Please note: For confidentiality reasons specific details of the cases must be omitted to protect the identity of the Clients. While attorney Ann Gottesman is dedicated to achieving the best possible results for her clients, there is no guarantee that your case will result in a dismissal, charge reduction, DMV set-aside, acquittal, probation or no incarceration. The facts of each case are different and while Ann Gottesman has resolved many cases successfully no attorney can guarantee a result in a particular case. Call Ann for a free consultation to discuss the facts of your unique case.
Client was arrested for a first offense DUI misdemeanor and his breath test results indicated a BAC of a .09/.09 with a preliminary test result of .11/.11. After submitting subpoenas to obtain the video of the stop, accuracy checks and calibration records of the breath machine and other documents, I carefully analyzed the evidence. I discovered a discrepancy in an official document that the officer signed under penalty of perjury. (The document is called the DS367.) This discrepancy resulted in four (4) DMV hearings during which time three officers were cross examined by me. I uncovered some unethical behavior by the arresting officer which called into question the accuracy of key pieces of information, including the time of the stop. The time of the stop is crucial information in a DUI case because it is evidence of the time of driving, for which there must be some evidence, in order for the DMV to suspend the driver’s license. The time of driving is also important in the court case. After months of hearings and debate, the DMV finally “set aside” the case. (A “set aside” by the DMV means, in effect, that the DMV is dismissing the case and will not issue a suspension.) Then, based upon the officers’ testimony at the DMV hearings, which included the arresting officer’s admission that he signed falsely under penalty of perjury, the Pasadena City Prosecutor also agreed to do the right thing—dismiss all DUI charges against my client. Since my client won his case at the DMV as well as in court, he is no longer at risk of losing his license or having a DUI misdemeanor conviction on his record. This saved his job.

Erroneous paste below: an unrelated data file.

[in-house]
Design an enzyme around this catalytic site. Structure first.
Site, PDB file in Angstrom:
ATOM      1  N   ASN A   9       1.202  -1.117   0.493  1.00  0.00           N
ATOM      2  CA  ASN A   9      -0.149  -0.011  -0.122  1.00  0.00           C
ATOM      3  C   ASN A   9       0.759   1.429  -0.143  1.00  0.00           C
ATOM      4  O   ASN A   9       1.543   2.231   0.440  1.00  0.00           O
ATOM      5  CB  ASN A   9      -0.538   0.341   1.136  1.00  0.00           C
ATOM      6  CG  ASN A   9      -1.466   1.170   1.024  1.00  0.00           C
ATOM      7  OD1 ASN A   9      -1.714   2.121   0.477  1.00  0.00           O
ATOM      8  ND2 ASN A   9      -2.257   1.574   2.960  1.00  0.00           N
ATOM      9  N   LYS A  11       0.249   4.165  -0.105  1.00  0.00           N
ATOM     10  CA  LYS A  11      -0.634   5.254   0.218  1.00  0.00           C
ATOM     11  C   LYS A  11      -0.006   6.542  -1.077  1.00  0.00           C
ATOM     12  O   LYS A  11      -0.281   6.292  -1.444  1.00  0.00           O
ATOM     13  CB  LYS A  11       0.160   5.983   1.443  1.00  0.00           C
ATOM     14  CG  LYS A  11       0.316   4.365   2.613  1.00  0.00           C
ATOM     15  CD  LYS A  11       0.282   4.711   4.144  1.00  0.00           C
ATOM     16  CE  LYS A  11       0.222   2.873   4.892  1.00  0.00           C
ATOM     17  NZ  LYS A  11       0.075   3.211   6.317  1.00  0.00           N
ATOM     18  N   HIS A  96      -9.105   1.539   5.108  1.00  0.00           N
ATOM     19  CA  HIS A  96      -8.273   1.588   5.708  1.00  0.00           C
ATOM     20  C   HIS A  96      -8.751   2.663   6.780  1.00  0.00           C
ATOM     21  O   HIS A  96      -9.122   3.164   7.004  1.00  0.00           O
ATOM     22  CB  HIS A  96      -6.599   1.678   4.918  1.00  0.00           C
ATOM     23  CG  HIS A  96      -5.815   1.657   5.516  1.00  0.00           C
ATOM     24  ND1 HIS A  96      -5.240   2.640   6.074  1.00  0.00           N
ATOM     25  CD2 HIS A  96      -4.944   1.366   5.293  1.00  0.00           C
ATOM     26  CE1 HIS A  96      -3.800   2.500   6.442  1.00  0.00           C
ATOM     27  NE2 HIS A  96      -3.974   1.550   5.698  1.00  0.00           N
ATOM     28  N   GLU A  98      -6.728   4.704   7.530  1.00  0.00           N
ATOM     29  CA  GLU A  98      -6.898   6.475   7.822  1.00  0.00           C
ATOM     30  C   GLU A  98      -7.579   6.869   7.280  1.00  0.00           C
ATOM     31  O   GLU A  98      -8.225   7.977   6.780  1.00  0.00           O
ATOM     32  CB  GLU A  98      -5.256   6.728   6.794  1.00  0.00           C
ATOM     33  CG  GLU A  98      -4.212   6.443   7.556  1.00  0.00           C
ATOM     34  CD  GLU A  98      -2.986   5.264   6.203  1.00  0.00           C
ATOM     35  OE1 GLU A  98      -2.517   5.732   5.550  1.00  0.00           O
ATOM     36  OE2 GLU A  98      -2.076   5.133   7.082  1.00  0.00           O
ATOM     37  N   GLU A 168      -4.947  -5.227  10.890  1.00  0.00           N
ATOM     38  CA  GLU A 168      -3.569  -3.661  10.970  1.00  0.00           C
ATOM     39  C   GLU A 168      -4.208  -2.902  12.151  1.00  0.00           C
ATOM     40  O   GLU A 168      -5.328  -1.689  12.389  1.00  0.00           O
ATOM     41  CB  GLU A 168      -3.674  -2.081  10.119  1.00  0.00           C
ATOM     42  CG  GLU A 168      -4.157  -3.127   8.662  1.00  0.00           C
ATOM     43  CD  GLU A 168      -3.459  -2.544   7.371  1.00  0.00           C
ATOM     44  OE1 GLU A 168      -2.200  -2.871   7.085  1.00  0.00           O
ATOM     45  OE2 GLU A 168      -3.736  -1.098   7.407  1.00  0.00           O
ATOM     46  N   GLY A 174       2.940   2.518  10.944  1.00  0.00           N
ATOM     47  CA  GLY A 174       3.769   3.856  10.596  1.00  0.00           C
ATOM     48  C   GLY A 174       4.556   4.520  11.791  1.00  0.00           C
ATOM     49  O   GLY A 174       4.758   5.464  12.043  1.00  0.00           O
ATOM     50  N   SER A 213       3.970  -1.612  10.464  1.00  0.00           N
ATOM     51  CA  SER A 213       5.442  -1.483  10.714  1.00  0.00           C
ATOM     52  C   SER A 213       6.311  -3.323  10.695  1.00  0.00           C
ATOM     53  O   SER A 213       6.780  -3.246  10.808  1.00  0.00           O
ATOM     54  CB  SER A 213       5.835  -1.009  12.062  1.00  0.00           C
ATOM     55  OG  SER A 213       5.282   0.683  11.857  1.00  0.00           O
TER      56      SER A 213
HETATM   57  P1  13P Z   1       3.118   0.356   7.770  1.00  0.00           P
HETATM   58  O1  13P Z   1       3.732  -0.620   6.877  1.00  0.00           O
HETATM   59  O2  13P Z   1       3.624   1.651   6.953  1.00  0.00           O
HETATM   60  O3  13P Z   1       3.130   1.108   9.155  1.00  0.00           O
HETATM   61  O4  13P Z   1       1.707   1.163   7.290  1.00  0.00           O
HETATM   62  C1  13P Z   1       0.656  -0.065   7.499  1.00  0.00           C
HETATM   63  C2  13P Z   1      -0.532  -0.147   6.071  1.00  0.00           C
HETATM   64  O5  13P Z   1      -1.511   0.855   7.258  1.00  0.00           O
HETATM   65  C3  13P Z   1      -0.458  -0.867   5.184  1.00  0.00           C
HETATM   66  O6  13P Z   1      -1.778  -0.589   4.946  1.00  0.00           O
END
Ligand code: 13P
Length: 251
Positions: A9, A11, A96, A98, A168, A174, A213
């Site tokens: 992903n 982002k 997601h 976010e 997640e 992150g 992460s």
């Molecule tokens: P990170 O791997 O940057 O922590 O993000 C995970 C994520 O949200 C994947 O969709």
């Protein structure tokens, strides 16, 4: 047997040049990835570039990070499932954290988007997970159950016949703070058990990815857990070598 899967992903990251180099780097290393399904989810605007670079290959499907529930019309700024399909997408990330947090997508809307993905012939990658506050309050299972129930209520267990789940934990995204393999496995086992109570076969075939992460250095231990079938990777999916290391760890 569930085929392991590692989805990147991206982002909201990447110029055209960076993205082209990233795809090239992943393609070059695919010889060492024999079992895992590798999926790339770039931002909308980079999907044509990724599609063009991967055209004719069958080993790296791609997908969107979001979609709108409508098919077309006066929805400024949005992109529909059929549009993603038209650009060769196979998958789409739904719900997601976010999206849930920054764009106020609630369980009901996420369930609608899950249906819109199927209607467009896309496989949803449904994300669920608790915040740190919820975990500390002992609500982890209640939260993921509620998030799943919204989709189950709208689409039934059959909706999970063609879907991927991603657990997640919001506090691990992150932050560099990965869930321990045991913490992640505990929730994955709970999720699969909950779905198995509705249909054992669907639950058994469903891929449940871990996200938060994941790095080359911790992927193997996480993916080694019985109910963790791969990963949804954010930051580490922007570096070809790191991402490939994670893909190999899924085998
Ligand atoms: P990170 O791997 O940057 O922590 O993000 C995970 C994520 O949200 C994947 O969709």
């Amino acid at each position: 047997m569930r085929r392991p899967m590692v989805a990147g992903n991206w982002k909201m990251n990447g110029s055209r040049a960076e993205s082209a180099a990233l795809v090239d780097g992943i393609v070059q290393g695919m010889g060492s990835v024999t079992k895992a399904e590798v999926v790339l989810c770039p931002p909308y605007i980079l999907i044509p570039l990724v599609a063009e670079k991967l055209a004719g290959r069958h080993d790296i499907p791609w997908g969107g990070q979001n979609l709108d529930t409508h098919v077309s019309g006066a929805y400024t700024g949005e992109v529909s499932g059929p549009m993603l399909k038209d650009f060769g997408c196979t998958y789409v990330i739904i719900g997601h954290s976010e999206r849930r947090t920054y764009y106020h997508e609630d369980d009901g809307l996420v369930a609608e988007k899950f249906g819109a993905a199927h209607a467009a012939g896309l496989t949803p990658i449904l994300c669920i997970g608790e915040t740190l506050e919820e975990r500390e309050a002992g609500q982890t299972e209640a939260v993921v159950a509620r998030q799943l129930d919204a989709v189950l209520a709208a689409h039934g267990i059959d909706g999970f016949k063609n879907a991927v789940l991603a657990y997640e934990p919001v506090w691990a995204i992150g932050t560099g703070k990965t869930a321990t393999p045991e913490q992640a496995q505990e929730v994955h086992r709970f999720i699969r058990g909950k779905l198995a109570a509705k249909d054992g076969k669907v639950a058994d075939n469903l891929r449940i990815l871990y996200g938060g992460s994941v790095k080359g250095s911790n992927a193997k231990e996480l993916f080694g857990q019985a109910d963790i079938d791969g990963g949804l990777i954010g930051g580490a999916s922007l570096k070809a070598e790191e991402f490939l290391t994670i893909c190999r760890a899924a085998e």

My client was falsely accused of punching his ex girlfriend (mother of his 2 year old child) during a custody exchange. Just prior to the incident, the alleged victim had been fighting in family court to take away my client’s custody and visitation rights by claiming my client was a bad father, and verbally abusive. But the Judge was not buying this woman’s lies. So one day, during the exchange of the child, the alleged victim called police after she and my client had engaged in an argument. My client claimed he never struck or physically touched this woman. Although the alleged victim’s mother was present at the scene, she admitted she never saw my client punch her daughter. The police arrested my client and he was charged with a misdemeanor battery. If convicted of this offense, he would be at risk of losing all the visitation rights he had fought so hard to obtain in the family court. The alleged victim was known to be volatile, untruthful and had a history of making false accusations of violence against my client. I obtained transcripts from the family court which indicated that the alleged victim had a motive to lie and was angry that the judge in family court was not ruling in her favor. Also, there were no injuries to support the accusation that my client punched the alleged victim in her face above her eye. The prosecutor refused to drop the charges, however on the day trial was to begin, the prosecutor did offer to reduce the charge to an infraction. Adamant that he was innocent, my client refused to plead guilty to ANYTHING and exercised his constitutional rights to a trial. During trial, the alleged victim did not testify consistently and appeared arrogant. After only 45 minutes of deliberation, the jury returned with a unanimous verdict of NOT GUILTY. My client and his family were elated. Now he will be able to focus on being a good father for his son instead of defending himself against false accusations made by his ex-girlfriend.